WPFW’s DC Politics Hour Loses a Host
After two and a half years co-hosting WPFW's local news-heavy DC Politics Hour, political consultant Chuck Thies tells City Desk that he's leaving the program after tomorrow's episode.
"I gotta step away from the mic," he says. "I'm not bringing my A-game."
Thies says he's been too busy with consulting work to keep up with local politics like he used to, which he thinks has brought down the quality of his broadcast. Since Thies joined co-host Eugene Kinlow on the show in May 2010, the DC Politics Hour's 11 a.m. Thursday broadcast has been a scrappier alternative to big dog local politics talk shows like The Kojo Nnamdi Show on WAMU and News Channel 8's NewsTalk with Bruce DePuyt.
Trying to keep up with D.C. politics even as his workload intensified over the past few months has increased Thies' respect for his competition, especially Kojo Nnamdi. Thies marveled at the WAMU host's ability to switch across topics for his five weekly shows: "He lives, breathes, eats and shits that show."
Thies says he's happy to have been hosting the show during a tumultuous period in D.C. politics, from the resignations and convictions of Councilmembers Harry Thomas Jr. and Kwame Brown to the federal investigation into Mayor Vince Gray's shadow campaign.
Thies said one of the highlights of his run was being on air with Councilmember David Catania—coincidentally, the final guest on tomorrow's show—when news broke that stunt mayoral candidate Sulaimon Brown had been fired from his cushy job in the Department of Health Care Finance. "[Catania] just had that cat who ate the canary look," Thies says.
More recently, Thies provoked the ire of a house-arrested Kwame Brown—or, depending on who you believe, someone who stole Brown's phone. During a December airing of DC Politics Hour, tweets appearing on the former chairman's account accused Thies of being racist. Later, Brown claimed his phone had been stolen and the tweets were coming from the thief. "It's hilarious," Thies says. "And that showed that the show mattered."
Read Thies's goodbye to his WPFW show below:
Friends, colleagues, fans and critics,
Tomorrow will be my final broadcast as co-host of "D.C. Politics" on WPFW.
When I arrived to D.C. over twenty years ago, WPFW was one of the first radio stations I discovered. WPFW informed and help to evolve my understanding of D.C. politics and community issues. I never imagined that I'd be invited to participate in the on-air conversation. WPFW has been and continues to be a vital voice in D.C. and across the region.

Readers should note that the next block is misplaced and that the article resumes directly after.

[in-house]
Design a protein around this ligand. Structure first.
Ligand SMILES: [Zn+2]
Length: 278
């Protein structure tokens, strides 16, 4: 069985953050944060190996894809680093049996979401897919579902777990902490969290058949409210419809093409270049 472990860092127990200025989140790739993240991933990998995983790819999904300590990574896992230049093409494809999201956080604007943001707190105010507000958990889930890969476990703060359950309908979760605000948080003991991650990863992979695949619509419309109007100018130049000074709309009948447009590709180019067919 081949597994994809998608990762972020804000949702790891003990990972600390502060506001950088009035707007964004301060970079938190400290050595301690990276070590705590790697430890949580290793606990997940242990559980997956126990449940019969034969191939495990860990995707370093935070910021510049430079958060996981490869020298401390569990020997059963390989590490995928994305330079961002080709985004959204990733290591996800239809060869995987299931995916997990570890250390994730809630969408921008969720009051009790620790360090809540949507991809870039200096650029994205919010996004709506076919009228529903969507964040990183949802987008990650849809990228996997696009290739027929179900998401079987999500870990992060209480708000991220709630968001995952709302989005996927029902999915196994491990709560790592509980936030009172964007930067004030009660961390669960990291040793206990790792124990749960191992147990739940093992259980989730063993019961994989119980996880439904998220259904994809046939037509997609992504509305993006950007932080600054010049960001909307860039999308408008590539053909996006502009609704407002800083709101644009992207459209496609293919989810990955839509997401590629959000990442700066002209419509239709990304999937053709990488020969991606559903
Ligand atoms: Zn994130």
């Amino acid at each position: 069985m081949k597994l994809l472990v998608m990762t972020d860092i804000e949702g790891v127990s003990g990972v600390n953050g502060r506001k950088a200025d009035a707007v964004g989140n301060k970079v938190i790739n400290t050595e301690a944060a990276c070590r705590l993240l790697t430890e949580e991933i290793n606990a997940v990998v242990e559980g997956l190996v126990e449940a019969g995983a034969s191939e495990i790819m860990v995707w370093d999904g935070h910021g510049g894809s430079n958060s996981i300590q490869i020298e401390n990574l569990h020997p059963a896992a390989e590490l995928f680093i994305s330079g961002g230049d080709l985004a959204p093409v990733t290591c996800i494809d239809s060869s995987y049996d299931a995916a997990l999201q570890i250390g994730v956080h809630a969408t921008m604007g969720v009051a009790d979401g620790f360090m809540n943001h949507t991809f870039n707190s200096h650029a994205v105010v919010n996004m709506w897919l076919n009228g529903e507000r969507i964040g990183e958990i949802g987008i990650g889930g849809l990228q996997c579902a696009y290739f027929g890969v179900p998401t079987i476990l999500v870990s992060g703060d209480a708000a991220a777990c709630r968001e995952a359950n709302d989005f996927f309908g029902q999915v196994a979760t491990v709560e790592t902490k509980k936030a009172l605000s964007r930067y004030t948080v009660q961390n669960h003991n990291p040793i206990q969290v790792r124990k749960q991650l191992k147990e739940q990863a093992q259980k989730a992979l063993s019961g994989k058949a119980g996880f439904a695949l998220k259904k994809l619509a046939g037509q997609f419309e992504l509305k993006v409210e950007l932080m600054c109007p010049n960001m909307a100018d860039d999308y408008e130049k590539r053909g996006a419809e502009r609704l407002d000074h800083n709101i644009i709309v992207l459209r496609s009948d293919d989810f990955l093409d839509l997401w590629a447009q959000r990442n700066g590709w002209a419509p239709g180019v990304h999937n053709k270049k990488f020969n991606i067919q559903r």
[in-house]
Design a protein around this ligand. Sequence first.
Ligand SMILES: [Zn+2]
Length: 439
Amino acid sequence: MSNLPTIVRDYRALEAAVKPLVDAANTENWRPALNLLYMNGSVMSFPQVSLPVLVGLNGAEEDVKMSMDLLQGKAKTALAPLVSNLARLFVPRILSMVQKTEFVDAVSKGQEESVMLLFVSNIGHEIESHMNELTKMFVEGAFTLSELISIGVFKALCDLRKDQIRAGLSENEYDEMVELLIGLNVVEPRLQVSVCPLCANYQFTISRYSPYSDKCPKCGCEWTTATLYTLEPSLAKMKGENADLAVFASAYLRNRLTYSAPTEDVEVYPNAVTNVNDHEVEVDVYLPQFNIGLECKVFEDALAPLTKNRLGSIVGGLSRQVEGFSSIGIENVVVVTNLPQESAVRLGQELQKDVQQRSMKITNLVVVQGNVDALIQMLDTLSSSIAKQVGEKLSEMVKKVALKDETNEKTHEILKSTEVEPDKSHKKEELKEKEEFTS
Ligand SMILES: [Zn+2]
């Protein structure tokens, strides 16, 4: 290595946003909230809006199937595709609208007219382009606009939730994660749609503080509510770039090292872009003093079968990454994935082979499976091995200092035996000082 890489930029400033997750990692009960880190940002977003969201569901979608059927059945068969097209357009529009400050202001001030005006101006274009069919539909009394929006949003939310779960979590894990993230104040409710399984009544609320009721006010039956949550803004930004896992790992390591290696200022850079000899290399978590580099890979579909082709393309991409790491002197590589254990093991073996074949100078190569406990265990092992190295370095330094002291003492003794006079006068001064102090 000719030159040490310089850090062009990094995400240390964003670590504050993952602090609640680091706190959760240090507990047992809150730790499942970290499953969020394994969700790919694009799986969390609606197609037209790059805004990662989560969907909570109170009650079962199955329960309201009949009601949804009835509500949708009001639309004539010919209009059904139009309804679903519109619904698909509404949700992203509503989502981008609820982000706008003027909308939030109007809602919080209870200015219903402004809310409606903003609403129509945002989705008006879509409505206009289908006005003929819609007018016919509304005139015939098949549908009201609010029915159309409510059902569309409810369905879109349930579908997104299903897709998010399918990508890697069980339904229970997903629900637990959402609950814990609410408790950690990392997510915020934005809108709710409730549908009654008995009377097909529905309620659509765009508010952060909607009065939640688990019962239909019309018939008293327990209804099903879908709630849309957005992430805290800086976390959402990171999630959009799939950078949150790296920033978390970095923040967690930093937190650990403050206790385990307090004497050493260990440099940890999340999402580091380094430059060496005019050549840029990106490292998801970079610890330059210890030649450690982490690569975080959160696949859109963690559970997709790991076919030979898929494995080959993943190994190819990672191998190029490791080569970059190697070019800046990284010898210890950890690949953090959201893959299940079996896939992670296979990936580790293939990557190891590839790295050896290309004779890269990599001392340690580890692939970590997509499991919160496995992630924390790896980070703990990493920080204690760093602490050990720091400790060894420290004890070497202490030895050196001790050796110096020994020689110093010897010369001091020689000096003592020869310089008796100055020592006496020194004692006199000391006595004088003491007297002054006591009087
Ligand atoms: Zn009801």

It has been a true honor to be on air at WPFW for the past 2 1/2 years.
I'm grateful to John Hughes, WPFW general manager, for all the support and encouragement he provided. John has been a rock during some challenging times for the station.
Whatever words I write, they will not fully express my gratitude to Gloria Minott, WPFW public affairs director and host of Community Watch & Comment. Gloria taught me to be a better broadcaster. Her guidance was relentless. Gloria also defended me from detractors and critics. She did that relentlessly as well.
Jonetta Rose Barras was the first person to bring me on air at WPFW. She invited me to spar with her during the Fenty/Gray mayoral contest of 2010. Jonetta for Fenty, me for Gray. We had fun disagreeing. A lot of fun. When Jonetta decided to move on, she suggested I join the show on a regular basis. I was grateful to Jonetta then and even more so today.
Thank you to our guests and the journalists who joined us as analysts. There is at once an inherent risk and divine exhilaration that comes with a live broadcast. Thank you for bringing your insight and energy to the booth.
And now, the "last but not least" potion of our program...
Thank you, Eugene Kinlow. First and foremost a dear friend.
Eugene is the glue that binds. The foundation on which "D.C. Politics" was built is Eugene's deep, decades-long involvement in District politics and community affairs.
Eugene and I did more than 100 shows together. We had a blast, rattled some cages, broke news and raised issues that might not have been aired elsewhere.
I will miss our Thursday mornings together, but it is time for me to move on.
My heart is heavy. This is not a decision I arrived to in haste. I have weighed it since last year.
Assuredly, District politics will serve up plenty of material for Eugene and his on-air guests. So please, stay tuned.
I will continue to write at http://www.nbcwashington.com/blogs/first-read-dmv/ and tweet via @chuckthies. I'm not stepping back from District politics, I'm just stepping back from the mic.
Thank you to everyone who listened. Thank you to everyone who shouted back, too.
Photo by Darrow Montgomery.